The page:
Comment by Patrick Minford
(Cardiff Business School, Cardiff University)
Vote: Hold

As widely expected the Bank raised the interest rate at its last meeting to 5%. I have argued in the past that the Bank needs to maintain its credibility since it is this that is the mechanism by which inflation is kept low. To some extent the Bank therefore has to respond to a wide perception that inflation might increase. However, as the Bank's latest Inflation Report itself agrees, the prospect is that inflation will remain under control, according to a wide range of indicators. This is manifestly the case, as I have argued in my occasional past contributions to this SMPC poll - whether one looks at implied inflation premia in asset prices, or wage forecasts, or just plain commercial inflation forecasts.

While it may have suited the Bank to refer to the money supply growth rate (M4) on this occasion, it seems to have been a piece of opportunism. M4 velocity wanders around for a variety of reasons to do with liquidity choices by Other Financial Intermediaries (including hedge funds and pension funds). Under inflation targeting as effective as the UK's has been now for over a decade, one has the final luxury of observing velocity pure and simply by looking at money supply growth. The information it this velocity about future inflation is demonstrably nil.

Thus my recommendation now would be that the Bank starts preparing the markets for the next move being downwards in due course. Rates of around
4.5-5% look like a sustainable equilibrium range. Thus I propose a modest bias towards easing with no immediate change.

Comment by Gordon Pepper
(Lombard Street Research and Cass Business School)
Vote: Hold.

Last month I voted for a ½ rather than the ¼ percentage point rise that occurred. I did so because it was warranted by the persistent very buoyant monetary growth. The MPC is running the risk of having done too little too late. If it carries on like this rates will continue to rise. It would be better to do enough in time and be able to look forward to rates stabilising. When the time comes for the MPC to decide on another rise, I fear that I will again be voting that it should be ½ rather than a ¼ percentage point. Finally, it should be noted that persistent rises in rates do much more damage than short-lived upward fluctuations even if the latter appear to be erratic.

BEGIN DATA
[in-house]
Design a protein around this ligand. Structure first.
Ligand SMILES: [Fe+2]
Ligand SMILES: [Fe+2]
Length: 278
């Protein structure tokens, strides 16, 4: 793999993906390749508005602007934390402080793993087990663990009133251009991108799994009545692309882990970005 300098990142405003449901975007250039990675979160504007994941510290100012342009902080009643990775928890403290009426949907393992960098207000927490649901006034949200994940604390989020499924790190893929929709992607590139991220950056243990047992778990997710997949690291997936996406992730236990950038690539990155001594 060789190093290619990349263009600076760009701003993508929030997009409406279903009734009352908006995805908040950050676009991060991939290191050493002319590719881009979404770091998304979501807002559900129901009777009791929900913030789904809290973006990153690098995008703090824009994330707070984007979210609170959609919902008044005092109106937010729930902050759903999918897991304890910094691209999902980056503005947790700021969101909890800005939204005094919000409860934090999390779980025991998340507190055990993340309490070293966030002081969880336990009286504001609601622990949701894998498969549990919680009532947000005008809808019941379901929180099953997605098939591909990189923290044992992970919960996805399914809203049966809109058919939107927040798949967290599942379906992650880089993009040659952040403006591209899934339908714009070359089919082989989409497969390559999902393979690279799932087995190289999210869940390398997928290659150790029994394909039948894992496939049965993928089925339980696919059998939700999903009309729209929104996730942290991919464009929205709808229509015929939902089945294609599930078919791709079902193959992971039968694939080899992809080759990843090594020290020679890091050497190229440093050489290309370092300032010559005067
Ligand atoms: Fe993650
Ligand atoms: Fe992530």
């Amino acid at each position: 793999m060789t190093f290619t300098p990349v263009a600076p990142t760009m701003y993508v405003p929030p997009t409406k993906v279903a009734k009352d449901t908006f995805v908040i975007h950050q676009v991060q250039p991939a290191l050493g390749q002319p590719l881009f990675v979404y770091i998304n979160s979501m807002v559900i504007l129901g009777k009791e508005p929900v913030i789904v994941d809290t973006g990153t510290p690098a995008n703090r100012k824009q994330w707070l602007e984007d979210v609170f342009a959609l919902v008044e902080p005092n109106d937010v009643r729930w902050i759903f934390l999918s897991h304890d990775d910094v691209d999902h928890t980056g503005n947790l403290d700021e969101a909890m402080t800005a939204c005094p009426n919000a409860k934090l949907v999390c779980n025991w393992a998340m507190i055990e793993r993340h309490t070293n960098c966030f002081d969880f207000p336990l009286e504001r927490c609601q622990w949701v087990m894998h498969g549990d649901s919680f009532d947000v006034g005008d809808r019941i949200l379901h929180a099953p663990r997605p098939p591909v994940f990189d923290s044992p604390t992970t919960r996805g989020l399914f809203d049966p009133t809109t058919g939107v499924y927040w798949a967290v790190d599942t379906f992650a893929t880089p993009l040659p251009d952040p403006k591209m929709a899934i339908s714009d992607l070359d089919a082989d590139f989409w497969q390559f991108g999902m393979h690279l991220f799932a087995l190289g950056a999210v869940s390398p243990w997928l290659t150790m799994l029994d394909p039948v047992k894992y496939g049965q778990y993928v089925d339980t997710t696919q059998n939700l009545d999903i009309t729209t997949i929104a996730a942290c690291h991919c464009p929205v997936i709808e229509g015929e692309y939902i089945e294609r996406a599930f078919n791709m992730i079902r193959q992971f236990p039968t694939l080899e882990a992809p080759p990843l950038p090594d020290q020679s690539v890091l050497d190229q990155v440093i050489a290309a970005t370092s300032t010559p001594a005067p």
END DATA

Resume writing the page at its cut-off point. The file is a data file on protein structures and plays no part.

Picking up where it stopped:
Comment by David B Smith
(University of Derby)
Vote: Hold

The Chancellor of the Exchequer will be delivering his Pre-Budget Report at 12:30 pm on Wednesday 6 December, the day before the MPC’s decision is announced. Previous practice has been for the MPC to receive an early HM Treasury briefing on the main macroeconomic contents of the Pre-Budget Report and it is unlikely that the contents of the Pre-Budget Report will lead to a different rate outcome than would have occurred otherwise, even if the Chancellor is likely to raise his growth forecasts for 2006 upwards to 2¼-2¾%, from the 2-2½% set out in the Budget. The corollary is that the structural Budget deficit is almost certainly worse than was previously expected. The policy inconsistency between a loose fiscal stance and an appropriately tight monetary one could lead to a serious crowding out of private sector activity, especially in the tradable goods sectors, such as manufacturing. The fact that the cumulated £22.9bn PSNB recorded in April to October 2006 was running well above the £20.6bn recorded in the corresponding period a year earlier, despite stronger than expected growth and buoyant North Sea tax receipts, further suggests that the credibility of fiscal policy is not what it should be. There is a risk that this will cross-infect the credibility of monetary policy, given that it requires a remarkably sophisticated set of private sector economic agents to distinguish between the credibility of the fiscal and the monetary authorities.